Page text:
Bill Connors - Theme To The Gaurdian - 1975 - ECM Records

Bill Connors' great moment of fame occurred when he was with Chick Corea's Return to Forever during 1973-1974, recording the influential Hymn of the Seventh Galaxy. His decision to leave RTF to concentrate more on acoustic guitar may have been satisfying artistically, but it cut short any chance he had at commercial success. Previously, he had played electric guitar with Mike Nock and Steve Swallow in San Francisco; but his post-1974 work was primarily acoustic, particularly in the 1970s when he recorded a series of atmospheric albums for ECM (including with Jan Garbarek). In the mid-'80s, for Pathfinder, Connors' music became more rock-oriented, but those releases did not make much of an impact despite his talent. © Scott Yanow © 2014 AllMusic, a division of All Media Network, LLC. | All Rights Reserved http://www.allmusic.com/artist/bill-connors-mn0000070942/biography

The blazingly explosive and technically precise legato guitarist in Return to Forever left after one release with RTF to pursue a solo career and much quieter, acoustic guitar path. This is the first in a trio of acoustic guitar releases Connors put out in the '70s on the famous ECM label. Theme to the Guardian features some truly excellent acoustic guitar work, with some unique compositions and playing styles. Connors dubs one track as a sort of complex and exotic chordal progression-based structure of strummed rhythms and/or a tapestry of three-finger rolling. Connors solos over this landscape of dreamy, moody, surreal, and frenetic design. The effect is a ghostly dance of melancholy angst and passionate wailings. © John W. Patterson © 2014 AllMusic, a division of All Media Network, LLC. | All Rights Reserved http://www.allmusic.com/album/theme-to-the-guardian-mw0000197363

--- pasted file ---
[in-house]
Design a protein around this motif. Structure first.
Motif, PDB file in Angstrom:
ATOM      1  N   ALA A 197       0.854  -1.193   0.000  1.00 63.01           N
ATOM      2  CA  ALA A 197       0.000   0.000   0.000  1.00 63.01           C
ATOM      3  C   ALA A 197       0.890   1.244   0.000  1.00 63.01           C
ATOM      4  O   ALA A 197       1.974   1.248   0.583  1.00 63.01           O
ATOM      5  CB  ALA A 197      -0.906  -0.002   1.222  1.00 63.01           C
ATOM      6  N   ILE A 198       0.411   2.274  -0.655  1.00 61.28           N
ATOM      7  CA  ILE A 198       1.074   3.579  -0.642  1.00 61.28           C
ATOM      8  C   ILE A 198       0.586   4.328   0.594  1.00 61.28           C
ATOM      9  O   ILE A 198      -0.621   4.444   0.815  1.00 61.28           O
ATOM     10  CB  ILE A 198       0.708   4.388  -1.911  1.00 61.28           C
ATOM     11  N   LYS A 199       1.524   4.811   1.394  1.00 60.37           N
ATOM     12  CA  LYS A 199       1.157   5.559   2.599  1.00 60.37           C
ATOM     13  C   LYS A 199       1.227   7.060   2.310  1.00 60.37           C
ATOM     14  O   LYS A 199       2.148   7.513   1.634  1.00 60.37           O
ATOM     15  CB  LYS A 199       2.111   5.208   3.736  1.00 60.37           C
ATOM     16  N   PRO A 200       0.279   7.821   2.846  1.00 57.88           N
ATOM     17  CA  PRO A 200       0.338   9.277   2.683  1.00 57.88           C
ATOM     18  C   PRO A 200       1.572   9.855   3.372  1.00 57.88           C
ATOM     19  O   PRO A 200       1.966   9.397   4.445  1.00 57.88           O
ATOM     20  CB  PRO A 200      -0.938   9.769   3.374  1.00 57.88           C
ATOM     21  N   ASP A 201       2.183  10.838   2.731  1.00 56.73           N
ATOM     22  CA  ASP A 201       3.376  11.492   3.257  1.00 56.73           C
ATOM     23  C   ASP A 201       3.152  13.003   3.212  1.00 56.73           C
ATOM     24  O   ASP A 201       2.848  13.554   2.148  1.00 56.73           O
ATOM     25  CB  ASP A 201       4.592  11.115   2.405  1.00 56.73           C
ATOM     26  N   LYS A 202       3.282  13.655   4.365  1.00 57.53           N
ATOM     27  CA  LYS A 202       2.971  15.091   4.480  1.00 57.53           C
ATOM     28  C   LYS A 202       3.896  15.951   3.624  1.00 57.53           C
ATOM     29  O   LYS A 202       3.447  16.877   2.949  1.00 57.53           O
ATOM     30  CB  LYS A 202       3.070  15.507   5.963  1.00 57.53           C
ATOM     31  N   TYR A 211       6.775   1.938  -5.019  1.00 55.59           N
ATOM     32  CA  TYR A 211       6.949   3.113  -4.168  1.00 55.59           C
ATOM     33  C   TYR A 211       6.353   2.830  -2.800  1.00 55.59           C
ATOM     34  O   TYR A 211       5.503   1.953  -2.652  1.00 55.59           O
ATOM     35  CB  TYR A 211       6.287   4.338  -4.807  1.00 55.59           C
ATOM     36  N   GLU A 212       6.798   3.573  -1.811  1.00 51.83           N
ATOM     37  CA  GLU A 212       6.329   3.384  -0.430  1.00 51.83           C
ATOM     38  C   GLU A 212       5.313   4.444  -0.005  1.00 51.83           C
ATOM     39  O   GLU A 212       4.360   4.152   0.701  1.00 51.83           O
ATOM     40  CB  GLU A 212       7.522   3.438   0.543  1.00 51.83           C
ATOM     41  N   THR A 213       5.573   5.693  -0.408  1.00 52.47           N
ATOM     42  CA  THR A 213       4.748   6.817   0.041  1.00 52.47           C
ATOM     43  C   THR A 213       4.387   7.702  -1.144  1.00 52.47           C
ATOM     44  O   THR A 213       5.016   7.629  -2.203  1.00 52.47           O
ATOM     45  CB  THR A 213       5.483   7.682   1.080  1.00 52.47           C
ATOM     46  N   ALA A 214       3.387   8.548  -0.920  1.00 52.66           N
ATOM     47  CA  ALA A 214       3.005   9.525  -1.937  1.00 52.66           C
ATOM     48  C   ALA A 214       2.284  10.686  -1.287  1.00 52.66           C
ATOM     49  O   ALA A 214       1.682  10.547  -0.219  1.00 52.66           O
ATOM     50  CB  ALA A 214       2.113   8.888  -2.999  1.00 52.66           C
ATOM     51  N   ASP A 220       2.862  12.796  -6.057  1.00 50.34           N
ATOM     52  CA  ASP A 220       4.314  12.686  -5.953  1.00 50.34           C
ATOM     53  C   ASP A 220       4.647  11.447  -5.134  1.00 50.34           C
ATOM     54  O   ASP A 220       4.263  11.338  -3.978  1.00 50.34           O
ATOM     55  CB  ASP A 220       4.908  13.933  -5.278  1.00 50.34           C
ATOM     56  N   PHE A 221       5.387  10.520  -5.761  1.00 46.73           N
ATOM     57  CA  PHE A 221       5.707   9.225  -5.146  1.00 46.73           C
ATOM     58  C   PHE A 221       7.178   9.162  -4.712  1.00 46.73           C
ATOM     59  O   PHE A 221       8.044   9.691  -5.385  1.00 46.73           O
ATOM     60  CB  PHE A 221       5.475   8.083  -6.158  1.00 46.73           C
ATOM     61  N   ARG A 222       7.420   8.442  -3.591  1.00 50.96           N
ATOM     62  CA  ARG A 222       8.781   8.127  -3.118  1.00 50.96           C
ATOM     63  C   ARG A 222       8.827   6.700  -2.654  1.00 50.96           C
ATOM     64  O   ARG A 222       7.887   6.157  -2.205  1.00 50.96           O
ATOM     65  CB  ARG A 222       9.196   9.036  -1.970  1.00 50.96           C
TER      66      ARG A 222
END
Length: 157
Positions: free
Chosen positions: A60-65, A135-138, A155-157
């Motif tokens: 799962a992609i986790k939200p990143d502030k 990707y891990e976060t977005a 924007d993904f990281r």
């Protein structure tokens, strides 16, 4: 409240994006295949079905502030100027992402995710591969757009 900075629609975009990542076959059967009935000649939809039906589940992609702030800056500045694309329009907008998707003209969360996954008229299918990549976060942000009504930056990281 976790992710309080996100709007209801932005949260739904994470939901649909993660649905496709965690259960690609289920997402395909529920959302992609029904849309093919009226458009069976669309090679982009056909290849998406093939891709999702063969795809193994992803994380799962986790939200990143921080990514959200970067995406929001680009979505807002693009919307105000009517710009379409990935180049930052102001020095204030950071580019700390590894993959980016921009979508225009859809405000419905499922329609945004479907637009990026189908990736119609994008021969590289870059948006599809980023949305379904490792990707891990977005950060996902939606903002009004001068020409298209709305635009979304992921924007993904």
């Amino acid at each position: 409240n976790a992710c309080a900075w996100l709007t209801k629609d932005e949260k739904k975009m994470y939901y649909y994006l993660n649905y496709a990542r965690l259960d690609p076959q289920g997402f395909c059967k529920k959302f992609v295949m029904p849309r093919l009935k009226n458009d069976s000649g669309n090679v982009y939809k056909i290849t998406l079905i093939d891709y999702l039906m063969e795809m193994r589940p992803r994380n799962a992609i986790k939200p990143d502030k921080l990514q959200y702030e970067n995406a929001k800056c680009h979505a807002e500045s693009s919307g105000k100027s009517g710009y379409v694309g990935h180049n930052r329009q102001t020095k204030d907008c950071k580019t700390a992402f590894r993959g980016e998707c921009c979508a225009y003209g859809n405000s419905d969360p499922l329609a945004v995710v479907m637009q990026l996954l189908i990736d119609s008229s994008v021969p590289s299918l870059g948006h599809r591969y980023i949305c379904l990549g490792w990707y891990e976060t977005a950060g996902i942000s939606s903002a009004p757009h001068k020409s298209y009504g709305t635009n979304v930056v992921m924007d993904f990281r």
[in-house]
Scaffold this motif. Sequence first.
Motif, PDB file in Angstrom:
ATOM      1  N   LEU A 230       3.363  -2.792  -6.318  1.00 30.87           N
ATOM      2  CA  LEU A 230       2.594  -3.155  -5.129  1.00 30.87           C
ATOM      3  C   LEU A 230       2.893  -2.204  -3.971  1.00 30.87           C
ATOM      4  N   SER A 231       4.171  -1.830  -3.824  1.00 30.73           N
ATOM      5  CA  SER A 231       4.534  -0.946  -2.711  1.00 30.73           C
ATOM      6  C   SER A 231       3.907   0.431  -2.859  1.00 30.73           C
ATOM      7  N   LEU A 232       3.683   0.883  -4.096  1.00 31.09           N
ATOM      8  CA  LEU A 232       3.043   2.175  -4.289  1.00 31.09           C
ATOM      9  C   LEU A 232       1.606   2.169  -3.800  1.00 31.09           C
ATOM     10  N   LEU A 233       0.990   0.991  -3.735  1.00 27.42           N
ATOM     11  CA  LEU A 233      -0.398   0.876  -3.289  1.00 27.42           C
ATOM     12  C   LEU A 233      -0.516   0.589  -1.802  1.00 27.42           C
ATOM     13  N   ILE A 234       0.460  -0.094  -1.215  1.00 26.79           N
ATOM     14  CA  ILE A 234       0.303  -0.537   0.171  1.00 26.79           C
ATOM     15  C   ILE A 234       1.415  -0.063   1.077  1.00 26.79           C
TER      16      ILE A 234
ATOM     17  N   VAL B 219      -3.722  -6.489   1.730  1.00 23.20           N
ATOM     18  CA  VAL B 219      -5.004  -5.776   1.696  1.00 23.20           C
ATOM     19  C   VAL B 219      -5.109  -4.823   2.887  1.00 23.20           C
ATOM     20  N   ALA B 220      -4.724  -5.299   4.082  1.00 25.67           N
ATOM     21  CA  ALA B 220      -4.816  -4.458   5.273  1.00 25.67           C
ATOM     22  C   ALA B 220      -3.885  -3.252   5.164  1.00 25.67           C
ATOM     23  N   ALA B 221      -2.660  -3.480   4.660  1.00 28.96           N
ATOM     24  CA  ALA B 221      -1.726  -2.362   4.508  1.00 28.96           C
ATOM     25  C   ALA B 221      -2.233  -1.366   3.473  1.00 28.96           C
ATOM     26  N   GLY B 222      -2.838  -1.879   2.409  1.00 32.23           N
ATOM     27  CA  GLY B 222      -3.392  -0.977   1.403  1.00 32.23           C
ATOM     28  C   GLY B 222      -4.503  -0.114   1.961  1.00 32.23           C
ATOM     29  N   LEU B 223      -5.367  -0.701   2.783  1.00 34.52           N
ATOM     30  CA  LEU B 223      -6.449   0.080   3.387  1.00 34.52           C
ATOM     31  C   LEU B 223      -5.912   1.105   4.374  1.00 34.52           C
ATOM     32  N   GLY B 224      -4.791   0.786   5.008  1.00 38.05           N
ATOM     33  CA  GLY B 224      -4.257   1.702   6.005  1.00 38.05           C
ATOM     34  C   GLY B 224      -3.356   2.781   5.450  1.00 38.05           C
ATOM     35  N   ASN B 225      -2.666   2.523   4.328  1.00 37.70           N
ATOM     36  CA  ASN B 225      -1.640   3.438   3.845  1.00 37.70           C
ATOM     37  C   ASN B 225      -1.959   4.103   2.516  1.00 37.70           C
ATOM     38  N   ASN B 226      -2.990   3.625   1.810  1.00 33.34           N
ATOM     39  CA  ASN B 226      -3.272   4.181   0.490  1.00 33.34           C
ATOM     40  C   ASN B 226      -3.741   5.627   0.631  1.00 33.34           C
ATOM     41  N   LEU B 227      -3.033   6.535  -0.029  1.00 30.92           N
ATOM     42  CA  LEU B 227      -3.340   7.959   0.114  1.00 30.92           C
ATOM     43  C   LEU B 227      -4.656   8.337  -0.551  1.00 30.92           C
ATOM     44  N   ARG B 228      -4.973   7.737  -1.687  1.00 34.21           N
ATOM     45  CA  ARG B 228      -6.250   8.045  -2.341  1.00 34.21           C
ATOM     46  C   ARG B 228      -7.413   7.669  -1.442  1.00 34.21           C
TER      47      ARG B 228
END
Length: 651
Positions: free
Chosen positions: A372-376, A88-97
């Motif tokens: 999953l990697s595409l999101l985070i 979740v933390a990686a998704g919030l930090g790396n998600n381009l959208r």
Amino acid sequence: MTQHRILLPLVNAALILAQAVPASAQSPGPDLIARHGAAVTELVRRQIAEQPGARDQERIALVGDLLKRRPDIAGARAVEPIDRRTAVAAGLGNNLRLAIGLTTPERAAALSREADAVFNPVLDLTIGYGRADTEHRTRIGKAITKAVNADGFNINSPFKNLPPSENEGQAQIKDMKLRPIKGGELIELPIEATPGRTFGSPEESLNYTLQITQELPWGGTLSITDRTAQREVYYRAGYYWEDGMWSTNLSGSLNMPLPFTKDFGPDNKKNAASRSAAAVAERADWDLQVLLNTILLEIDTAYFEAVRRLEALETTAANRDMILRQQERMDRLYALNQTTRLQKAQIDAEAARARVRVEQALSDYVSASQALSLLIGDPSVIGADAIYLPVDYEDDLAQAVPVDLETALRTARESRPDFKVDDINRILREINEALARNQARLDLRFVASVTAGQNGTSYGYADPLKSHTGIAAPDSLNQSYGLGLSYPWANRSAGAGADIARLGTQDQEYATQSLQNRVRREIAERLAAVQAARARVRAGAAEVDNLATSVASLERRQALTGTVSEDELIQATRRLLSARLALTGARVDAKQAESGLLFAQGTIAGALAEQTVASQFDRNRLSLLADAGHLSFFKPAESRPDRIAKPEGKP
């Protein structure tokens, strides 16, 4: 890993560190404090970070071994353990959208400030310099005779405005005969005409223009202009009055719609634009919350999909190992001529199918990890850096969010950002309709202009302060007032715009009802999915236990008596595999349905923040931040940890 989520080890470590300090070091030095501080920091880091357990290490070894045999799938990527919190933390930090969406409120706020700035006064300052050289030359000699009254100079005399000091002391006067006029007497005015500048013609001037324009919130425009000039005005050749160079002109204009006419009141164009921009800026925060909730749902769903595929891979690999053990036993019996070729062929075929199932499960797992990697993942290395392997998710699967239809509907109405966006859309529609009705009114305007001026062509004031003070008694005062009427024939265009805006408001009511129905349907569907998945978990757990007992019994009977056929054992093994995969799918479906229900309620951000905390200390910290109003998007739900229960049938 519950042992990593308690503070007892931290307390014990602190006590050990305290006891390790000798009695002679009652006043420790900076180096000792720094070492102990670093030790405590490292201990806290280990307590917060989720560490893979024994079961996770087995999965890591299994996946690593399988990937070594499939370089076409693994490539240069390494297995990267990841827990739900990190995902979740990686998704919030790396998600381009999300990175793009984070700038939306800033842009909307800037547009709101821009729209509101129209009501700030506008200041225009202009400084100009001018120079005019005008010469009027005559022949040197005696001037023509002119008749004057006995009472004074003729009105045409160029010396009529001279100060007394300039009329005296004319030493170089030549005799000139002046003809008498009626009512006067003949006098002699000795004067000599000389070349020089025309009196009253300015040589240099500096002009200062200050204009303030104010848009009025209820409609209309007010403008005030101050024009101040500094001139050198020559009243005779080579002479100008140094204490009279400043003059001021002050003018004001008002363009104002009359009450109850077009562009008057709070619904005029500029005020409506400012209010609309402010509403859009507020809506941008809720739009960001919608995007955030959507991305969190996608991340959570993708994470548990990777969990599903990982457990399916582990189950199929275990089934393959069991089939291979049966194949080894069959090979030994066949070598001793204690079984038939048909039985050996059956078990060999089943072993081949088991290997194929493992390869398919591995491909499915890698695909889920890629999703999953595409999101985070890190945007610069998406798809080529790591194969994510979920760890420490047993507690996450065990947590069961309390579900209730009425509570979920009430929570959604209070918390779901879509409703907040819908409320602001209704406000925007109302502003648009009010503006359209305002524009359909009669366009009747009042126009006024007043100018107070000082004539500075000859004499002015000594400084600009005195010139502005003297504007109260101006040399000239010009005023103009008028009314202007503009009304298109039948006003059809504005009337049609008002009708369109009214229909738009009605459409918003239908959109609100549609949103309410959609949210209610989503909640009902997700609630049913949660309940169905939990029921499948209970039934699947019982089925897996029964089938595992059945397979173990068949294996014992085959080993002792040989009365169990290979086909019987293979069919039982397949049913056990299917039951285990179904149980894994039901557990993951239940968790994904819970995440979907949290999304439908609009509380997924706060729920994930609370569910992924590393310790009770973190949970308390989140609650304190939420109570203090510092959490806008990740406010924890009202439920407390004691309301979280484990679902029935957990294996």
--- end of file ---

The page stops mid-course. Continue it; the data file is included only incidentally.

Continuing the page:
Great innovative acoustic guitar based jazz fusion album from one of the best guitarists you may never have heard! The chords, melodies,and song structures are ahead of their time. This subtle and beautiful album is just as enjoyable as any full blown aggressive electric fusion album with a full band. HR by A.O.O.F.C. Listen to Bill’s “Return” album, and check out Bill’s “Double Up”,” “Step It”, “Assembler”, and “Swimming With A Hole In My Body” albums on this blog. Listen to the late Emily Remler’s “Firefly” album sometime. [All tracks @ 320 Kbps: File size = 105 Mb]


1 Theme To The Gaurdian 5:15
2 Childs Eyes 4:22
3 Song For A Crow 4:13
4 Sad Hero 4:25
5 Sea Song 5:00
6 Frantic Desire 2:52
7 Folk Song 6:32
8 My Favorite Fantasy 4:23
9 The Highest Mountain 3:24

All tracks composed by Bill Connors except Track 5 composed by Glenn Cronkhite